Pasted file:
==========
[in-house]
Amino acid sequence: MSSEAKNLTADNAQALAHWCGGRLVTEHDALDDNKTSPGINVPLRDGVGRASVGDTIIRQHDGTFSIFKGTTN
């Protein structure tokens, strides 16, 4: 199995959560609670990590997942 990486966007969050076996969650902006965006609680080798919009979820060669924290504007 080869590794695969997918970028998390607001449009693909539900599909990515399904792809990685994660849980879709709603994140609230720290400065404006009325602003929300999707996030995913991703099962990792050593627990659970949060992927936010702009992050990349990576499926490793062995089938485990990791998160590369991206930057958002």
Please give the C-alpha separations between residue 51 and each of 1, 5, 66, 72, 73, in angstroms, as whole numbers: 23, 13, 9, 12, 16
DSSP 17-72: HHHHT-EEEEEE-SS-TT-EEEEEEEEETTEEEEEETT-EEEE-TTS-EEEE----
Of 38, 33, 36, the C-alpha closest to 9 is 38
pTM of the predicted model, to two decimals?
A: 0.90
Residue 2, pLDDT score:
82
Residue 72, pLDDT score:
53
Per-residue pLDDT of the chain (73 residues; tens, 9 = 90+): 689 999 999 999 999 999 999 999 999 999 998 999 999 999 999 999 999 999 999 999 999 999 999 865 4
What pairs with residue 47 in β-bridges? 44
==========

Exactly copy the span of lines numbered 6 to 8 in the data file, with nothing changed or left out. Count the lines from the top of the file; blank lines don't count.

Of 38, 33, 36, the C-alpha closest to 9 is 38
pTM of the predicted model, to two decimals?
A: 0.90